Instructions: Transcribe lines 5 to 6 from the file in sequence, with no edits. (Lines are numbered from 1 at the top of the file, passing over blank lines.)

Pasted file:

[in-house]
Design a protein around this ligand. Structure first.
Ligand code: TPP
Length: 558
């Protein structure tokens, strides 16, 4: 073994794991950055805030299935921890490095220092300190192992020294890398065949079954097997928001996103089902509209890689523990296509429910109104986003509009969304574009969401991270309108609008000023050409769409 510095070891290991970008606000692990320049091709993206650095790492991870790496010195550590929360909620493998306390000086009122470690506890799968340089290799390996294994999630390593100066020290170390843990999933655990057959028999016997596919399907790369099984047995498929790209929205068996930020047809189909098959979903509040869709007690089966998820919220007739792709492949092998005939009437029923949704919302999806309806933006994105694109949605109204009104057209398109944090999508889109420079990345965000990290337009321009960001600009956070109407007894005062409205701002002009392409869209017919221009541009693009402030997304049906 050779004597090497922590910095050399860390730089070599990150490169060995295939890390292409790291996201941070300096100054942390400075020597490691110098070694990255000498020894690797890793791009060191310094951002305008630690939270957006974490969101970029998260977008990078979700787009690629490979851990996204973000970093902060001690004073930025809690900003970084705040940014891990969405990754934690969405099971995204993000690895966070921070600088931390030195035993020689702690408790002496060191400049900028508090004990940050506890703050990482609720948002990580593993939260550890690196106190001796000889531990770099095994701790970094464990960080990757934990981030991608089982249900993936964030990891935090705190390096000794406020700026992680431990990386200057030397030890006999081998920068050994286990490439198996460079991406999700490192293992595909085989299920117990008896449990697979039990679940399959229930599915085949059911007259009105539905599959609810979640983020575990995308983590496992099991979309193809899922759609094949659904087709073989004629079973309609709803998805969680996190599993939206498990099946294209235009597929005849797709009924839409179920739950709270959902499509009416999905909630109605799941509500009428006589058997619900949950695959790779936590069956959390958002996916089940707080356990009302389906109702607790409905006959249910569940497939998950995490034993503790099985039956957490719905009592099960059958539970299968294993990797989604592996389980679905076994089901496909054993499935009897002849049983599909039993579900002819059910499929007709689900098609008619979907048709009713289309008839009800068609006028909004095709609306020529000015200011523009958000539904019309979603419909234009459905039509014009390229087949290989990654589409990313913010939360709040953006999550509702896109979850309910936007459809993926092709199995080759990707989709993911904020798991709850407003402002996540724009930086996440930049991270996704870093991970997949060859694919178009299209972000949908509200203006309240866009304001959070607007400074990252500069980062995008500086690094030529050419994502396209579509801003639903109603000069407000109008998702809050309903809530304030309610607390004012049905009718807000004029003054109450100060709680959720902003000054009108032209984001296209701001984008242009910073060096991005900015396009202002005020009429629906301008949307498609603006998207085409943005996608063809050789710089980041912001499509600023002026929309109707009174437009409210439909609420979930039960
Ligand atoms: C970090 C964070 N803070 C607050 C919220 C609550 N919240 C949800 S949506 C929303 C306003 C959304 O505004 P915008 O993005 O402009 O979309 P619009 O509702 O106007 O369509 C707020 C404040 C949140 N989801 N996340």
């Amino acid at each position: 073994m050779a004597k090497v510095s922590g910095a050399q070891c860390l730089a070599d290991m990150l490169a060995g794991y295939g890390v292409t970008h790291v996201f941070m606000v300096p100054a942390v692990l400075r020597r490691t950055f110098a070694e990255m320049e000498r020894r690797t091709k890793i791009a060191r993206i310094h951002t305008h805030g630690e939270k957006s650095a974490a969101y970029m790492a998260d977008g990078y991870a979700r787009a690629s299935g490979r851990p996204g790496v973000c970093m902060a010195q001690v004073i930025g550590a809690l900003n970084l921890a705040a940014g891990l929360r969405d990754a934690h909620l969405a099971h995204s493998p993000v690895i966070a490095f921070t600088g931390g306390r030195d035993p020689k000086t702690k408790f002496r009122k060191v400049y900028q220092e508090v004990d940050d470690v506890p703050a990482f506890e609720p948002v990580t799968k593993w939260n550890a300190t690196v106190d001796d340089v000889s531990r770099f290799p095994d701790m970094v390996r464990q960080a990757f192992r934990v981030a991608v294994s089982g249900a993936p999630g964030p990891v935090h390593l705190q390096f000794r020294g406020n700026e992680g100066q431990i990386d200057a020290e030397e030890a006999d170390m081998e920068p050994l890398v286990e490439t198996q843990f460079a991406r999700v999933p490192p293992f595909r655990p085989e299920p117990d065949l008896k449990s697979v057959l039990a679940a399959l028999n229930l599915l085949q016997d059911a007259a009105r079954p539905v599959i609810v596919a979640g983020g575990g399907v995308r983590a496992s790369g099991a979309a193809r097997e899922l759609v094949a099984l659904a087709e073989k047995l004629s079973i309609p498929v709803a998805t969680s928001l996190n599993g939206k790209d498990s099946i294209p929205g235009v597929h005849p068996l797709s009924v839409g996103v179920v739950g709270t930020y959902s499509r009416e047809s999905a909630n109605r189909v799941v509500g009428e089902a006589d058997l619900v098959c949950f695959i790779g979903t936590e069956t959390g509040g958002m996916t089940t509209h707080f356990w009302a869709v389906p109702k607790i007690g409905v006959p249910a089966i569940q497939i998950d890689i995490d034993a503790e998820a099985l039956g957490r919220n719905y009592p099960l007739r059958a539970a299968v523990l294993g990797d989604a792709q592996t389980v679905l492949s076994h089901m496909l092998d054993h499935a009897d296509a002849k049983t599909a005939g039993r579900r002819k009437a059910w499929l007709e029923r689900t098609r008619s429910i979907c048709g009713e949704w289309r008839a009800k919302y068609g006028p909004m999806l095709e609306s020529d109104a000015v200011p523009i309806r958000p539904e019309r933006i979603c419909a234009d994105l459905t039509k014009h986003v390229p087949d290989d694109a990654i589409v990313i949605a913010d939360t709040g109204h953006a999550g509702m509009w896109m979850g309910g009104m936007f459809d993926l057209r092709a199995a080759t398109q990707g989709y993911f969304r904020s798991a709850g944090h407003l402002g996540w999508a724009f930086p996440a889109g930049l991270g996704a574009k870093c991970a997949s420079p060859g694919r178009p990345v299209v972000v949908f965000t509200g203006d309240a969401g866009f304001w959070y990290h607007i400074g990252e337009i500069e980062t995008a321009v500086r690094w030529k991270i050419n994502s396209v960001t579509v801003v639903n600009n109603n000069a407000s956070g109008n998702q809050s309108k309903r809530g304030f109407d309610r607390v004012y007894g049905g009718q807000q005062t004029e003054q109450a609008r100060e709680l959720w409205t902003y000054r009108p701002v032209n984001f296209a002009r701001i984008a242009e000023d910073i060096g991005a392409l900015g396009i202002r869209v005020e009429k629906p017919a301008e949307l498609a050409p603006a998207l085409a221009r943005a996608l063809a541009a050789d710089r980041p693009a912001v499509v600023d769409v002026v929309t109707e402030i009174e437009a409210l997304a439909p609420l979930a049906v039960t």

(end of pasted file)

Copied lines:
């Protein structure tokens, strides 16, 4: 073994794991950055805030299935921890490095220092300190192992020294890398065949079954097997928001996103089902509209890689523990296509429910109104986003509009969304574009969401991270309108609008000023050409769409 510095070891290991970008606000692990320049091709993206650095790492991870790496010195550590929360909620493998306390000086009122470690506890799968340089290799390996294994999630390593100066020290170390843990999933655990057959028999016997596919399907790369099984047995498929790209929205068996930020047809189909098959979903509040869709007690089966998820919220007739792709492949092998005939009437029923949704919302999806309806933006994105694109949605109204009104057209398109944090999508889109420079990345965000990290337009321009960001600009956070109407007894005062409205701002002009392409869209017919221009541009693009402030997304049906 050779004597090497922590910095050399860390730089070599990150490169060995295939890390292409790291996201941070300096100054942390400075020597490691110098070694990255000498020894690797890793791009060191310094951002305008630690939270957006974490969101970029998260977008990078979700787009690629490979851990996204973000970093902060001690004073930025809690900003970084705040940014891990969405990754934690969405099971995204993000690895966070921070600088931390030195035993020689702690408790002496060191400049900028508090004990940050506890703050990482609720948002990580593993939260550890690196106190001796000889531990770099095994701790970094464990960080990757934990981030991608089982249900993936964030990891935090705190390096000794406020700026992680431990990386200057030397030890006999081998920068050994286990490439198996460079991406999700490192293992595909085989299920117990008896449990697979039990679940399959229930599915085949059911007259009105539905599959609810979640983020575990995308983590496992099991979309193809899922759609094949659904087709073989004629079973309609709803998805969680996190599993939206498990099946294209235009597929005849797709009924839409179920739950709270959902499509009416999905909630109605799941509500009428006589058997619900949950695959790779936590069956959390958002996916089940707080356990009302389906109702607790409905006959249910569940497939998950995490034993503790099985039956957490719905009592099960059958539970299968294993990797989604592996389980679905076994089901496909054993499935009897002849049983599909039993579900002819059910499929007709689900098609008619979907048709009713289309008839009800068609006028909004095709609306020529000015200011523009958000539904019309979603419909234009459905039509014009390229087949290989990654589409990313913010939360709040953006999550509702896109979850309910936007459809993926092709199995080759990707989709993911904020798991709850407003402002996540724009930086996440930049991270996704870093991970997949060859694919178009299209972000949908509200203006309240866009304001959070607007400074990252500069980062995008500086690094030529050419994502396209579509801003639903109603000069407000109008998702809050309903809530304030309610607390004012049905009718807000004029003054109450100060709680959720902003000054009108032209984001296209701001984008242009910073060096991005900015396009202002005020009429629906301008949307498609603006998207085409943005996608063809050789710089980041912001499509600023002026929309109707009174437009409210439909609420979930039960
Ligand atoms: C970090 C964070 N803070 C607050 C919220 C609550 N919240 C949800 S949506 C929303 C306003 C959304 O505004 P915008 O993005 O402009 O979309 P619009 O509702 O106007 O369509 C707020 C404040 C949140 N989801 N996340």